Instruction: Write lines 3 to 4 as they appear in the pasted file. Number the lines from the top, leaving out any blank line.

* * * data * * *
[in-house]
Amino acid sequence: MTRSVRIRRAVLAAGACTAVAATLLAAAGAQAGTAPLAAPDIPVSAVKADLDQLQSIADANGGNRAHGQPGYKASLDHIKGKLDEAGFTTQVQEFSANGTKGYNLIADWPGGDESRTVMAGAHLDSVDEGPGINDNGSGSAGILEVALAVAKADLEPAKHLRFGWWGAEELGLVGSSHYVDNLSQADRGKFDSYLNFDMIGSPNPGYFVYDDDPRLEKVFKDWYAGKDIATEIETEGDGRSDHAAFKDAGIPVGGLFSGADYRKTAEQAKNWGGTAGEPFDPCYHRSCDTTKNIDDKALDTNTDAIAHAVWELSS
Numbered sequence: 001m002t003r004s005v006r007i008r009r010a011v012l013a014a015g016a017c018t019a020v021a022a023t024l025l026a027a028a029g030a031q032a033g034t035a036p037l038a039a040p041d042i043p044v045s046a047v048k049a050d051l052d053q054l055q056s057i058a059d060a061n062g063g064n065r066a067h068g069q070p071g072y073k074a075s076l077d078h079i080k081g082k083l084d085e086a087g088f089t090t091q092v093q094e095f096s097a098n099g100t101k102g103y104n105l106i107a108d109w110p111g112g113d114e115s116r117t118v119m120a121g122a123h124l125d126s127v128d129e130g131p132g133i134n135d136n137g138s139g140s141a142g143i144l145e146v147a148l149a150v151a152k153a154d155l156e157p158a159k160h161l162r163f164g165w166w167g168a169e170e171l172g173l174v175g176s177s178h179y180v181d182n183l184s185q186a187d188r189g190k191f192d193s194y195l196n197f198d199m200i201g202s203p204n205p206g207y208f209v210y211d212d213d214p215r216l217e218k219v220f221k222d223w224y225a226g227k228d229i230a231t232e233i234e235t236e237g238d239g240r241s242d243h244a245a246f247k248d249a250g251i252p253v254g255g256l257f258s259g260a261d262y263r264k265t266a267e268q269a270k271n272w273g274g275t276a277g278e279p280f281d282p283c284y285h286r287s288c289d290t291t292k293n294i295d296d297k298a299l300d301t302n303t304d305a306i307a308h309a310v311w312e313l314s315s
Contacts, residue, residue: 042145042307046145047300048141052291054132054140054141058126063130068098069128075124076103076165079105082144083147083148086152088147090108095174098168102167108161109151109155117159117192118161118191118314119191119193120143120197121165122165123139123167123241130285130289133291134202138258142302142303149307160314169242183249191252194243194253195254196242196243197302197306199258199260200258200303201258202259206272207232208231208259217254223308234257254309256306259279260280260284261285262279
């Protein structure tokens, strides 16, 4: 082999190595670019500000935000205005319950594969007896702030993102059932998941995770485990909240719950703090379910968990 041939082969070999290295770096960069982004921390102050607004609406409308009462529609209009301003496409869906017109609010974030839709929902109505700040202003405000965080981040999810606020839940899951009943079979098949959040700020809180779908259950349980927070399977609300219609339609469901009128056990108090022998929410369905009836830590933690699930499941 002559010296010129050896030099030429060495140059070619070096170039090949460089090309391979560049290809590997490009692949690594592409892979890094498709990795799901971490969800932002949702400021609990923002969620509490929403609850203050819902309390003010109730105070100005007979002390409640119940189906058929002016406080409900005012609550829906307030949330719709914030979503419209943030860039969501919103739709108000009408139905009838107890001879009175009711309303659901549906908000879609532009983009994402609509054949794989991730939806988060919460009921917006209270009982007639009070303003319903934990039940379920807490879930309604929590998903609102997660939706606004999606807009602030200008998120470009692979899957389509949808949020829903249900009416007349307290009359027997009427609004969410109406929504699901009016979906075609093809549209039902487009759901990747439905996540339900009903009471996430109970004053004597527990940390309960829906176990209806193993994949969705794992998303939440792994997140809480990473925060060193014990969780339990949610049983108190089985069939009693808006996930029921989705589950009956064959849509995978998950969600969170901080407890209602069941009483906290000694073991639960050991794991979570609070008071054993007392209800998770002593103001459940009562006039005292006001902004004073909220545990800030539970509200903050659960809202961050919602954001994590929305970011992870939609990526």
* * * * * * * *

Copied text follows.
Numbered sequence: 001m002t003r004s005v006r007i008r009r010a011v012l013a014a015g016a017c018t019a020v021a022a023t024l025l026a027a028a029g030a031q032a033g034t035a036p037l038a039a040p041d042i043p044v045s046a047v048k049a050d051l052d053q054l055q056s057i058a059d060a061n062g063g064n065r066a067h068g069q070p071g072y073k074a075s076l077d078h079i080k081g082k083l084d085e086a087g088f089t090t091q092v093q094e095f096s097a098n099g100t101k102g103y104n105l106i107a108d109w110p111g112g113d114e115s116r117t118v119m120a121g122a123h124l125d126s127v128d129e130g131p132g133i134n135d136n137g138s139g140s141a142g143i144l145e146v147a148l149a150v151a152k153a154d155l156e157p158a159k160h161l162r163f164g165w166w167g168a169e170e171l172g173l174v175g176s177s178h179y180v181d182n183l184s185q186a187d188r189g190k191f192d193s194y195l196n197f198d199m200i201g202s203p204n205p206g207y208f209v210y211d212d213d214p215r216l217e218k219v220f221k222d223w224y225a226g227k228d229i230a231t232e233i234e235t236e237g238d239g240r241s242d243h244a245a246f247k248d249a250g251i252p253v254g255g256l257f258s259g260a261d262y263r264k265t266a267e268q269a270k271n272w273g274g275t276a277g278e279p280f281d282p283c284y285h286r287s288c289d290t291t292k293n294i295d296d297k298a299l300d301t302n303t304d305a306i307a308h309a310v311w312e313l314s315s
Contacts, residue, residue: 042145042307046145047300048141052291054132054140054141058126063130068098069128075124076103076165079105082144083147083148086152088147090108095174098168102167108161109151109155117159117192118161118191118314119191119193120143120197121165122165123139123167123241130285130289133291134202138258142302142303149307160314169242183249191252194243194253195254196242196243197302197306199258199260200258200303201258202259206272207232208231208259217254223308234257254309256306259279260280260284261285262279